Child porn case dropped after Alberta police mistakenly reveal name of youth charged

A stay of proceedings was granted on July 29

An Alberta judge has stayed charges in a child pornography case because police mistakenly released the name of a teen suspect.

The Alberta Law Enforcement Response Teams, or ALERT, published a news release last November announcing 13 arrests for child luring and similar offences.

Later that day, the agency learned one of the suspects it listed as being 18-years old was actually 17 at the time.

Media outlets were alerted and asked to remove identifying information of the teen.

But a provincial court decision last week says those details are still accessible online several months later.

A stay of proceedings was granted on July 29.

“It is virtually impossible to stuff the genie back into the bottle once information has been published on the internet,” Judge Patricia Kvill wrote in her decision.

“Careless acts by government agencies shake the integrity of the youth justice system.”

The teen was accused of pretending to work for a modelling agency and convincing the mother of a school mate to send him nude photos of her daughter.

He pleaded guilty in June to possessing child pornography and to agreeing or making arrangements with the girl’s mother, by telecommunication, to commit the offence.

The ALERT media release on Nov. 7, 2018, said the arrests by its internet child exploitation unit were part of an eight-month initiative targeting people who were allegedly trying to arrange sex with children.

ALERT is a provincial law enforcement agency made up of teams of municipal and RCMP officers combating organized and serious crime.

Under the Youth Criminal Justice Act, it is a crime to publish the names of accused people younger than 18, or anything that could identify them.

“The Youth Criminal Justice Act, at its heart, intends to not only hold young offenders responsible for their crimes, but also to ensure that these youth (are) afforded the opportunity to renounce crime and become good citizens,” Kvill wrote.

“That goal becomes more difficult when youth are stigmatized as criminals.”

Kvill writes that as a result of the accusations being published countrywide, the teen has become alienated from most of his extended family, been ostracized by friends and has had difficulties in school.

“He believes he is unable to obtain employment as a result of the publication of his name,” she wrote. “He fears that news of these charges will hinder his chances of university acceptance. He has become isolated. He has sought counselling but fears for his safety.”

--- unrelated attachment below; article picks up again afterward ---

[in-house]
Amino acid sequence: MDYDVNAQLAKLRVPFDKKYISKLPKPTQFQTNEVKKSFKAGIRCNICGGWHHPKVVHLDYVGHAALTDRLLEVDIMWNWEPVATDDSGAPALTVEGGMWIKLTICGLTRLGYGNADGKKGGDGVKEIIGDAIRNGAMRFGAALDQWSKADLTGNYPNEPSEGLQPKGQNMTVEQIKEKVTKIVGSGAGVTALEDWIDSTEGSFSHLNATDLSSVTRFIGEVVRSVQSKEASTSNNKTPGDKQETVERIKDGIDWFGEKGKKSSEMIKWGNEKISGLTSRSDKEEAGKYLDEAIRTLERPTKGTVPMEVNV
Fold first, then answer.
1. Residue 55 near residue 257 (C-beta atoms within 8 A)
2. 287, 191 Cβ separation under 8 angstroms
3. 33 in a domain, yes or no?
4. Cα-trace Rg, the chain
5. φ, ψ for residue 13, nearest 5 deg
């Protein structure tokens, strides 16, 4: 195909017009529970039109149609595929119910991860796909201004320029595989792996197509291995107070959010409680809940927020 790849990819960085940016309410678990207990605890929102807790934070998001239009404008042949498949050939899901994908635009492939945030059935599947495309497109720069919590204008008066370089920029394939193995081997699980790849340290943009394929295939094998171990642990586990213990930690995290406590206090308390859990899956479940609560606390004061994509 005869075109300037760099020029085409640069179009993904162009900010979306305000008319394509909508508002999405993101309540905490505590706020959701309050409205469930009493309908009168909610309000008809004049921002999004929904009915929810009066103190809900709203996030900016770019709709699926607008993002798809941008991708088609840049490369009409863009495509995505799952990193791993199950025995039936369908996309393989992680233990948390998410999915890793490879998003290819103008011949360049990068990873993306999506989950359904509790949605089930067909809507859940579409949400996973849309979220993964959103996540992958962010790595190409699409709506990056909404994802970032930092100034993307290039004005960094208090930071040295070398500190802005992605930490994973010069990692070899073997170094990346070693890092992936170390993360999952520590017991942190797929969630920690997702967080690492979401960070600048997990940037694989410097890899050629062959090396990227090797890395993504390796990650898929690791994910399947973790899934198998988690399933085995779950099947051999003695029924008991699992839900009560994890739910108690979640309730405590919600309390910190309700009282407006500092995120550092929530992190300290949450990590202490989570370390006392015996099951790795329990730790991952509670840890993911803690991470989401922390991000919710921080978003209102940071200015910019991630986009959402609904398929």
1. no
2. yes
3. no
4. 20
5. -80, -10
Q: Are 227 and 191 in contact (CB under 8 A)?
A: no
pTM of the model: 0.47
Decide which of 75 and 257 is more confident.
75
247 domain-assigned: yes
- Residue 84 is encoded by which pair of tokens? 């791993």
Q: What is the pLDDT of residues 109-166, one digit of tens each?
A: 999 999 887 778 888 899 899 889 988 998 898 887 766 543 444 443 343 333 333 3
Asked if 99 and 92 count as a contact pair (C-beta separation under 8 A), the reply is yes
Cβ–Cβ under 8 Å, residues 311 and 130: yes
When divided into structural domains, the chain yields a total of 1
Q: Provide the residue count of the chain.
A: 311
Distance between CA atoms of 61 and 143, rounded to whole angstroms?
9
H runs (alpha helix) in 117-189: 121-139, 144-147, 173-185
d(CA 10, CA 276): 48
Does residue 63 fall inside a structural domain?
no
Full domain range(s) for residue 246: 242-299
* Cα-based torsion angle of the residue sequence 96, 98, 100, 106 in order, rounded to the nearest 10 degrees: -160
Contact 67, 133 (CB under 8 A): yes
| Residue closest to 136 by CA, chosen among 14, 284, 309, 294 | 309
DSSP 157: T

The Crown concedes the teen’s Charter right to security of the person was breached. As a remedy, it proposed reducing a probation order to 12 to 18 months from 18 to 24 months. The defence wanted a stay of the charges.

Kvill said it’s important to forcefully denounce ALERT’s mistake and a stay is the only appropriate way to do so.

“Young offenders must follow the law,” she wrote. ”So too must agencies of government.”

— By Lauren Krugel in Calgary

The Canadian Press

Like us on Facebook and follow us on Twitter.

Just Posted

About 100 Scotch Creek residences without water after system damaged

Regional district reports someone tore lid off reservoir of Saratoga water system.

Lots of advance voting in the federal election for Salmon Arm

Advance polls remain open on Monday, Oct. 14 from 9 a.m. to 9 p.m.

Contenders and Carlin Hall meet again for 18th annual magical visit

Much-loved musicians, Valdy and Gary Fjellgaard, along with Blu & Kelly Hopkins, tour Interior

Grey, damp, warm week ahead in Okanagan, Shuswap, Columbia

Environment Canada calling for clouds and showers, and warm temperatures, throughout the area

North Okanagan-Shuswap candidates respond

What would you and your party do to promote inclusivity and political consensus in the country?

VIDEO: Langley woman’s security camera records its own theft

Langley family discovers early morning grab was recorded

Canadian Snowbirds plane crashes before air show in Atlanta

Pilot lands safely after ejecting from jet

Letter writer disagrees with human-caused climate change

“The cost of climate change” [Shuswap Market News, Letters, Oct. 4] is… Continue reading

Share crash data, private insurers tell David Eby, ICBC

B.C. monopoly makes drivers retrieve their own records

B.C. VIEWS: Wolf kill, not backcountry bans, saving caribou

B.C.’s largest herds turn the corner from extinction

Letter: Canada should become an innovator to lead the world

Why does it take a 16-year-old child to chastise the world, as… Continue reading

Info nights, tuition giveaway return to Okanagan College

Salmon Arm campus open house set for Thursday, Oct. 17

Boats once plied Okanagan Lake

Lake was used as transportation corridor connecting communities in the valley

Pearson nets shootout winner as Canucks clip Flyers 3-2

Vancouver picks up second straight home win

Most Read